Beating France can kill dark thoughts of 2007 all over again
Ireland have more depth and better coach now – but that doesn’t make victory a given
The Ireland squad stand together for Ireland’s Call before the match against France in the 2007 Rugby World Cup on September 21st, which the French won 25-3. Photograph: Brendan Moran/Sportsfile
If Ireland do nothing else this weekend against France, killing the notion that this is the 2007 all over again would count as a fine day’s work. Ever since Shane Horgan let it slip in his post-match analysis after the Italy game that he was starting to hear echoes of that World Cup, it’s been increasingly hard to hold the PTSD at bay. The horror. The horror.
One minute you’re idly shrugging your shoulders at a half-a-loaf win in Rome, next minute you’re back in Nam(ibia). They were mostly amateurs and they were supposed to lie down like soft summer grass after Brian O’Driscoll’s early try. But instead they ran in two scores in six minutes to scare the bejaysus out of everyone. And then it was Georgia and then it was France and then it was Argentina and Jesus Christ, Shaggy – was it really necessary to drag us all back here?
Suddenly, you’re waking up at night in a cold sweat. You’re feeling as edgy as Eddie O’Sullivan did when he pretended not to hear Sinead Kissane’s question about considering his position. You miss your stop on the train, lost in dazed recall of L’Equipe’s sleazy hatchet job on Ronan O’Gara. You tumble down a rabbit hole online, digging out that email that everyone in the country was sent with all the rumours in it. Drinking, fighting, eye-wiping, the lot. Shudder. Shiver. Stop!
Years ago on a college trip to the Curragh, the army lads advised us that if we were ever sent to report from a war zone, we were to change from our usual deodorant and to go with one that we would never use again once we returned to real life. Sadly, they never said anything about reporting from Parc des Princes. Nowadays, the merest whiff of a green can of Sure and Juan Martín Hernández is dropping goals from all sorts of angles and mileages.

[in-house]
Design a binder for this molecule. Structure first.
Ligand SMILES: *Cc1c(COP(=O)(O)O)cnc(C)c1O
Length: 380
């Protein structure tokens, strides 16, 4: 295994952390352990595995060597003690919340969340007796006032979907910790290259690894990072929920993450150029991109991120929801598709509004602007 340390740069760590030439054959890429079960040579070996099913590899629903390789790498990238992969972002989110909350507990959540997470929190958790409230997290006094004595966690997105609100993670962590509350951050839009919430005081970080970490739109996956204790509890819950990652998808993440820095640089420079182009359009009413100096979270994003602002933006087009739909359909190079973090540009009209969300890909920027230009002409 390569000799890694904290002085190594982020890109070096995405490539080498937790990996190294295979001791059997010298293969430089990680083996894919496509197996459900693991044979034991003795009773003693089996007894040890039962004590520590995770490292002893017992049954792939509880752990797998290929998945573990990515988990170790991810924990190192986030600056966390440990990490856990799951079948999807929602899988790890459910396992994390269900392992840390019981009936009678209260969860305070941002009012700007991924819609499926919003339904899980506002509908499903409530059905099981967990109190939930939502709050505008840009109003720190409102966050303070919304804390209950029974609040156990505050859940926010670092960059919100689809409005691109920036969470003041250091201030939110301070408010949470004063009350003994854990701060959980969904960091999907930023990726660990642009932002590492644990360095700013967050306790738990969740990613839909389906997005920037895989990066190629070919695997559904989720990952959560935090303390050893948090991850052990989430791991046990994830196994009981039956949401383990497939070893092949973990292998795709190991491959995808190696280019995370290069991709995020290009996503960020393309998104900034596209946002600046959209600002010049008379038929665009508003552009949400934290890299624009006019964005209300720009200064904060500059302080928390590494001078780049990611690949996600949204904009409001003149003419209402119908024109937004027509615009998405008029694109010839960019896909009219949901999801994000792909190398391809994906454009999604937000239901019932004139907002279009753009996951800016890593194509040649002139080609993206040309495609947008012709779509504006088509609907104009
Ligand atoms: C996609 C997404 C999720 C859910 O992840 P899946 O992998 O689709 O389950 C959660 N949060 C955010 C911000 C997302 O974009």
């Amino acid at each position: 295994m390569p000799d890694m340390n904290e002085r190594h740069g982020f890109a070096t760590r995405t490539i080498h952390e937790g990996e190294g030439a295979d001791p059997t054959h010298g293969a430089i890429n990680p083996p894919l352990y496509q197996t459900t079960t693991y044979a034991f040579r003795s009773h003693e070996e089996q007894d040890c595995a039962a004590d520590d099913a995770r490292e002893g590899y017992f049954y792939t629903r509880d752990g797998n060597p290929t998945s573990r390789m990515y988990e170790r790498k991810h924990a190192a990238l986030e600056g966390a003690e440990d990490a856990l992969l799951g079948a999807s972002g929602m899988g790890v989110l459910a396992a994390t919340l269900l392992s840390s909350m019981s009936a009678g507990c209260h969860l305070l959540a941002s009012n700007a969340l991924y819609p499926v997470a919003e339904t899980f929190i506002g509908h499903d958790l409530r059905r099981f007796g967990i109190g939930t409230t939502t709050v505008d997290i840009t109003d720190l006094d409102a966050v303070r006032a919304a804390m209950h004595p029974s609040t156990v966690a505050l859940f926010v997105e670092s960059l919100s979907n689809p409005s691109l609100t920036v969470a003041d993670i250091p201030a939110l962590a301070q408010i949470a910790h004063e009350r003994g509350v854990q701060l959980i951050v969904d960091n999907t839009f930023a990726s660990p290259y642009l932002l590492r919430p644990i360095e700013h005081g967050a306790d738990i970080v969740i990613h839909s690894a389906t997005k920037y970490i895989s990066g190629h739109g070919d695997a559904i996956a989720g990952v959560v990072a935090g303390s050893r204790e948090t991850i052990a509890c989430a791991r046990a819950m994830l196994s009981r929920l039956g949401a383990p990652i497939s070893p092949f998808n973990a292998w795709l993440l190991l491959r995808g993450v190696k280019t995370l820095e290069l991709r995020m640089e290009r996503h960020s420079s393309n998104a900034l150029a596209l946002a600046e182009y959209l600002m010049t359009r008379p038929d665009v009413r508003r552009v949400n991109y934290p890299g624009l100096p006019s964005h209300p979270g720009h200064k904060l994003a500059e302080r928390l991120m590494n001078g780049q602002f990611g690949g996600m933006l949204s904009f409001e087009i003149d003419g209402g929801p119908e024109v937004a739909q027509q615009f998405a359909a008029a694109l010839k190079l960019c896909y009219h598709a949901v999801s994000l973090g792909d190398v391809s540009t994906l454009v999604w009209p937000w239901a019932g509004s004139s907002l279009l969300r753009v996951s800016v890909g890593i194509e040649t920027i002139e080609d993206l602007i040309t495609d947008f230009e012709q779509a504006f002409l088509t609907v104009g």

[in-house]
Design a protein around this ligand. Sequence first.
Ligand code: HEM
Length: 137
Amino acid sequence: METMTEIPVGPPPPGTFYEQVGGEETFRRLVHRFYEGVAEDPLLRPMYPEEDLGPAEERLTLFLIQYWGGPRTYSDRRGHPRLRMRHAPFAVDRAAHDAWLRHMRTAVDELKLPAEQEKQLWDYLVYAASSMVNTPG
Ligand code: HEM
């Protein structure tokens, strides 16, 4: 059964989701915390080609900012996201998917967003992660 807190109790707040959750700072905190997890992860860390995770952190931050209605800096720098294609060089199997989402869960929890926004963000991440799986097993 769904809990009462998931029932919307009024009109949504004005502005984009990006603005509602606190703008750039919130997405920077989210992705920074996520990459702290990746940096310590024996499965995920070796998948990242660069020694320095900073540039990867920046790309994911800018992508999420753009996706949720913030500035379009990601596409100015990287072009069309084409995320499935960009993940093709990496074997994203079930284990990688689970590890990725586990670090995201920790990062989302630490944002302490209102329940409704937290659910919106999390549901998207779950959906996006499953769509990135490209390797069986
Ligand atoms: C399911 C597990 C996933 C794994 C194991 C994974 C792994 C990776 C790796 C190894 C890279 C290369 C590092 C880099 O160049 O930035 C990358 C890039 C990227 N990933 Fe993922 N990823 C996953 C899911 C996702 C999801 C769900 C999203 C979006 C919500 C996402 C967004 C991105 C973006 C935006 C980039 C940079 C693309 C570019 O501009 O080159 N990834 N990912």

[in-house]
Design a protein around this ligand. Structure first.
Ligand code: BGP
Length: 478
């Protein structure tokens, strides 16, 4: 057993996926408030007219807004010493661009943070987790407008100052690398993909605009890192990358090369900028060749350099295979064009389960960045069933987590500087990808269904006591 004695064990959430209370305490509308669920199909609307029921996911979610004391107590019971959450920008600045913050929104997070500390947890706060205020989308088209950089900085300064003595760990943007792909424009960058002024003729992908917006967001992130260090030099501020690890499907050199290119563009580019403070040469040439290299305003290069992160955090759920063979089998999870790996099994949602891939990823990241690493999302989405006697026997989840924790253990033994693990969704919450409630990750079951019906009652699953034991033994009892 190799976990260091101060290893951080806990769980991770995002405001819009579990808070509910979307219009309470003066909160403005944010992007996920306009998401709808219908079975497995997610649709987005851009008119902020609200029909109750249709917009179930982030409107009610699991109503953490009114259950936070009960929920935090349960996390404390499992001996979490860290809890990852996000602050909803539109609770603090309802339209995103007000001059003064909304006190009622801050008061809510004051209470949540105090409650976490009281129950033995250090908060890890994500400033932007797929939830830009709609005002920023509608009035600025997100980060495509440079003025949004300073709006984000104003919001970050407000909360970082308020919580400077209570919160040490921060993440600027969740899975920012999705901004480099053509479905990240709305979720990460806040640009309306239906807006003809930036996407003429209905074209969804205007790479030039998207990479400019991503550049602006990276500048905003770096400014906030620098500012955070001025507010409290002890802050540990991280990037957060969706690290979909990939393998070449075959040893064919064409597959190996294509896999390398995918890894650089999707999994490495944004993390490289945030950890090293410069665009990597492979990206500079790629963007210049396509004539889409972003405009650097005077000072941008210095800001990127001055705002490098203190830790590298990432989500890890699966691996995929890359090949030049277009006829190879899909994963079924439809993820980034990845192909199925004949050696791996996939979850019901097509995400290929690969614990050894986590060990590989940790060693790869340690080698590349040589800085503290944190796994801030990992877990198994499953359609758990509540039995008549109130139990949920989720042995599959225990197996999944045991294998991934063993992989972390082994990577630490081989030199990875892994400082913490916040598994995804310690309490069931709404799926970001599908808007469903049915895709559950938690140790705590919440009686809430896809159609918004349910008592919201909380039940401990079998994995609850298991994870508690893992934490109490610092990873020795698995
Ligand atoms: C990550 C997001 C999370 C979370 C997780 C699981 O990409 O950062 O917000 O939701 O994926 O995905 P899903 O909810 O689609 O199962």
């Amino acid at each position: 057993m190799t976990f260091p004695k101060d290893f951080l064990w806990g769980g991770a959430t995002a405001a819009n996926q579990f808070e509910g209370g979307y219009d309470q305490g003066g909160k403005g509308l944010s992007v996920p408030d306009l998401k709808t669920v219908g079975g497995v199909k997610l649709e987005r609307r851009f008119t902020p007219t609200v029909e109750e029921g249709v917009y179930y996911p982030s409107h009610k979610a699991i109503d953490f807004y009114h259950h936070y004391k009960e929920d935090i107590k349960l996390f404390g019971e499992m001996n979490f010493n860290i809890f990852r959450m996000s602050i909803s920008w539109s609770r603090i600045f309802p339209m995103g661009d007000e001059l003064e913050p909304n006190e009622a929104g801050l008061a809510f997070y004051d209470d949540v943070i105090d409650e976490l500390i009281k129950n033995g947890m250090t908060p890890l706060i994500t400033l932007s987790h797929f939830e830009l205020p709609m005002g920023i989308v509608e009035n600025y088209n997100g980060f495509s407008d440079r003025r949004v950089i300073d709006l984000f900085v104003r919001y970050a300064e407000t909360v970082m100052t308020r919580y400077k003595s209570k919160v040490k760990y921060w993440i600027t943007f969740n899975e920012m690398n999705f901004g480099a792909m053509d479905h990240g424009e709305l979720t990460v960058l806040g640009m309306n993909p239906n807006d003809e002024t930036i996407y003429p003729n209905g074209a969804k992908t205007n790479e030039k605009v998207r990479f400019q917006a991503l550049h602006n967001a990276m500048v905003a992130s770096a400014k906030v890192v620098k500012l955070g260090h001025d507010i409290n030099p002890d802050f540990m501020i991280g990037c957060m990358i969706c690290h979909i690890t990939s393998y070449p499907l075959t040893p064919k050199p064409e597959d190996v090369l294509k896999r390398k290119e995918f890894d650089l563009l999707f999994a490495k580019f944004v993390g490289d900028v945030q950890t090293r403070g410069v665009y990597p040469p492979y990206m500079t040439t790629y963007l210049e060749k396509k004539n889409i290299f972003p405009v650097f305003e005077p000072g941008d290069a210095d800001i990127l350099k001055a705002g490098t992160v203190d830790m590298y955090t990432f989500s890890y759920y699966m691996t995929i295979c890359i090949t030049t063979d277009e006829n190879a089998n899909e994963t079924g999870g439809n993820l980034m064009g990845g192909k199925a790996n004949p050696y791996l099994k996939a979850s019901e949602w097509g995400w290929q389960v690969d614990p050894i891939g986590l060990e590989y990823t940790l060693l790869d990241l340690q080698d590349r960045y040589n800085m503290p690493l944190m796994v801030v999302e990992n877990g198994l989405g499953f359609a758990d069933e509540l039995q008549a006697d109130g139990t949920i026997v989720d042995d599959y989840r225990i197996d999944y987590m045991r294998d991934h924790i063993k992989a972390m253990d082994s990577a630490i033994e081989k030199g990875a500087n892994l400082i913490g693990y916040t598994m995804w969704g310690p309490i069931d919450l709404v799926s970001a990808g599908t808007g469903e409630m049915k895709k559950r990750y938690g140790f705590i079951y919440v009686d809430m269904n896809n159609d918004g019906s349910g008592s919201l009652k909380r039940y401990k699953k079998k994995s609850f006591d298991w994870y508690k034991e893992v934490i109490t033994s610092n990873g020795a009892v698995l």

Music doesn’t help either. As soon as the phone happens across anything from the second Arctic Monkeys album, all you can think of is Girvan Dempsey belting another garryowen into the clouds in the vain hope that Ireland will get somebody under it. You can’t hear In Rainbows without seeing Vincent Clerc skinning the Irish cover again and again. They took our World Cup, they took our record collections. The b******s.
Could it happen again? Absolutely. For one thing, Ireland are in nothing like the form at this point in proceedings that they were 12 years ago. Heading into the fourth match of the 2007 Six Nations, O’Sullivan’s team had just demolished England in Croke Park and but for a careless ending to the first game against France, they’d have been rolling towards a Grand Slam.
As it was, they were marginally the second best team in Europe and went on to pick up their third Triple Crown in four years. You had to go back over a year for their last poor performance. For the current team, you only have to go back eight days. So yeah, it’s entirely feasible that whatever is ailing them now won’t get mended in time for Japan.
The most pointless cliché in sport is the one that says you don’t become a bad team overnight. It overlooks the fact that you don’t need to become a bad team for it all to collapse in a heap. All you need is to become an uncertain team, a worried team, a team that can’t do right for doing wrong. The 2007 team had O’Driscoll, O’Gara and O’Connell, Horgan, Hickie and D’Arcy. If a side made up of that calibre of players and leaders can find itself spinning tyres in the mud, any team can.
There are some differences worth pointing out, though. Most obviously, Joe Schmidt has cultivated a far deeper squad than O’Sullivan did. Back then, famously, there was a defined first team and then an ocean of water dividing them from the finger-crossers. An abiding memory of that tournament was waiting in the mixed zone after the France match for players to come through only to see Alan Quinlan in his tracksuit, dutifully wheeling a couple of ice boxes to the team bus just for something to be doing.
Too many of that squad were detached to the point of alienation from the business end of things. Across the four games in France, Ireland started 19 different players. Already, after three games of the 2019 Six Nations, that number stands at 24. The game has changed, of course, and injuries have had their say. But clearly, Schmidt is intent on having access to – and making use of – a far broader selection of players in Japan.
More to the point, it was clear by the end of that World Cup that we had been fooling ourselves when it came to the level of quality in the Ireland squad. For the final game against Argentina, the bench line-up was Rory Best, Bryan Young, Malcolm O’Kelly, Neil Best, Isaac Boss, Paddy Wallace and Gavin Duffy.
First 15 for first 15, there might not be a massive difference between this squad and the 2007 one. But once you broaden it out, this is objectively a better collection of players, many of them with Grand Slams, Heineken Cups and Lions appearances under their belts. It’s no libel on O’Sullivan to say they have a better coach this time around too.
Schmidt has dismissed all the 2007 talk as being irrelevant but generally it’s no bad thing to have a warning from history. Especially if it can be zapped at the earliest opportunity. Beating France with a convincing display this weekend would silence some dark voices.
Best of all, the search for a World Cup deodorant could begin in peace.